I am very grateful to the hon. Gentleman for his questions. On the subject of communication between the Government and parties, in nearly all of the 30 meetings that my ministerial implementation group has held, there have been representatives of the Scottish Government, the Welsh Government and the Northern Ireland Executive. I have had the opportunity to discuss how we can co-ordinate our response with Scottish Government Ministers including Mike Russell, Aileen Campbell and John Swinney, and it has been a pleasure to do so. They have operated in a collaborative fashion, as have the Labour members of the Welsh Government, and the Democratic Unionist party, Sinn Féin, Ulster Unionist party, Alliance, and Social Democratic and Labour party Ministers of the Northern Ireland Executive.
Indeed, I noted that on Radio 4’s “Westminster Hour” just the other night, Kirsty Blackman, the deputy leader of the SNP group in Westminster, paid tribute to the extent of collaborative work. I am sorry that Pete Wishart does not agree with the deputy leader of his parliamentary delegation and has such little faith in Scottish Government Ministers making sure that priorities are addressed in the daily meetings we have.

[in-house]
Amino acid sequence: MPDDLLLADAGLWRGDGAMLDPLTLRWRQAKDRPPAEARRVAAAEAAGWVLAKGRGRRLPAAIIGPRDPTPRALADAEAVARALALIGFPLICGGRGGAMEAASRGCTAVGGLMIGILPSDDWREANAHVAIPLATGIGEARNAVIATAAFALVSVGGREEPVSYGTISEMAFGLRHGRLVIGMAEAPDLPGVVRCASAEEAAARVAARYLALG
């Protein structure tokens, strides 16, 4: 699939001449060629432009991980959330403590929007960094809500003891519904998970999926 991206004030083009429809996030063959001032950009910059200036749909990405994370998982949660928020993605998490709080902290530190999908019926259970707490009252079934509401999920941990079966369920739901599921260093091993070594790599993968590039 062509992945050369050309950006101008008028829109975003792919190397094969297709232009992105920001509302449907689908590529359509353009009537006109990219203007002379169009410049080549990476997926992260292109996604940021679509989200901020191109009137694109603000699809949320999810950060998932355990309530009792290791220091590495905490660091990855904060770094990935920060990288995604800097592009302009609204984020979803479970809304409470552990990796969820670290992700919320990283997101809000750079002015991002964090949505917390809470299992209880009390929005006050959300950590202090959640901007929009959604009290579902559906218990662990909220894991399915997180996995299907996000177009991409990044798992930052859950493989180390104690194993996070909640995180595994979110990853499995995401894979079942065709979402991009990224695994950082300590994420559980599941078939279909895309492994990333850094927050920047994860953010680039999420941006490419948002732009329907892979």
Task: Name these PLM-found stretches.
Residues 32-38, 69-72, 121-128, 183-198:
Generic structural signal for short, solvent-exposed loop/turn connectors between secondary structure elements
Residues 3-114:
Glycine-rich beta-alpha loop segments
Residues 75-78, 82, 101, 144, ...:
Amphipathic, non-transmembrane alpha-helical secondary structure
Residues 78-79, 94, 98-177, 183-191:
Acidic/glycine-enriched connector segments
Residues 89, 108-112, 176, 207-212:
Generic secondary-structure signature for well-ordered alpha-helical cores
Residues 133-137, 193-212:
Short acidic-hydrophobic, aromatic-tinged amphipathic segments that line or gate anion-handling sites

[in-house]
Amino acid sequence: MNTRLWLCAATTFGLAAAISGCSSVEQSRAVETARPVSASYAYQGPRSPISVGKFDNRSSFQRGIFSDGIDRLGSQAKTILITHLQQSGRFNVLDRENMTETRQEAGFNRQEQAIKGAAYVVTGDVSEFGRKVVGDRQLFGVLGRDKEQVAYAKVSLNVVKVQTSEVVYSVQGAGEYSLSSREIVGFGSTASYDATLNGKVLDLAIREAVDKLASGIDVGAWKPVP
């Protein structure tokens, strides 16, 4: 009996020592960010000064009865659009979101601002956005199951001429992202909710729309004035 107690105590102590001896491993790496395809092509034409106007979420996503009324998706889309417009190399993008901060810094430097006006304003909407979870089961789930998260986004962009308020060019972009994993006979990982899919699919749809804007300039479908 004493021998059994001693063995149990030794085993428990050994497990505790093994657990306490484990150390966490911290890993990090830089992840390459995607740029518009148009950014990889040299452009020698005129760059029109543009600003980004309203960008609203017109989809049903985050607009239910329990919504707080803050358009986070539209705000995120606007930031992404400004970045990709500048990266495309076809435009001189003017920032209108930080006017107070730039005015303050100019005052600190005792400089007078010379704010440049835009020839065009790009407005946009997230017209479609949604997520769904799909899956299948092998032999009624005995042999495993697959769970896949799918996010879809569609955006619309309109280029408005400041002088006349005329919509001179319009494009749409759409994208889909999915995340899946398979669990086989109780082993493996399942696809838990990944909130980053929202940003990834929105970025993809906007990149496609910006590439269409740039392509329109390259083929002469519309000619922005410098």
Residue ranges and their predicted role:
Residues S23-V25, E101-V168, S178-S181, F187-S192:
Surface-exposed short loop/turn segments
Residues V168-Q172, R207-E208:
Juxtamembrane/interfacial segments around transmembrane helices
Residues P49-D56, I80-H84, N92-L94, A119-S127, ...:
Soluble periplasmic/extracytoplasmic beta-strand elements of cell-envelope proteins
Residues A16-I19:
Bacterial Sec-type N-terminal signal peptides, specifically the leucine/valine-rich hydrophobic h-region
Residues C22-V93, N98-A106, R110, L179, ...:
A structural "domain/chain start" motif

The hon. Gentleman asked about the stockpile of personal protective equipment. The stockpile that we had before this pandemic was explicitly designed in accordance with advice from the Government’s scientific advisers on the new and emerging respiratory virus threats advisory group, and of course it was explicitly for a flu pandemic. The nature of coronavirus is different from that of a flu pandemic, as we all know, and we, like every Government across the world, have had to respond to this new virus by ensuring, not just with personal protective equipment but in every respect, that we are in a position to retool, refit and upgrade our response.
The hon. Gentleman asked about the support that the UK Government are giving to Scotland. I am pleased to confirm that the UK pandemic stockpile has been responsible for transferring millions of items to the NHS in Scotland. It is also the case that the new testing centres in Scotland have been set up with the assistance of the British Army, and that our RAF has been responsible for supporting the Scottish national health service in making sure that individuals in remote island communities can receive the care they need. And, of course, it is the strength of the UK Exchequer that has allowed business support to be provided to Scottish businesses.
One of the truly impressive things about the response across these islands has been the way in which people have put aside their ideological and political differences to work in the interests of one United Kingdom. Even at a time of test and trial for our nations, we should take pride in the efforts of the Northern Ireland, Scottish, Welsh and English people.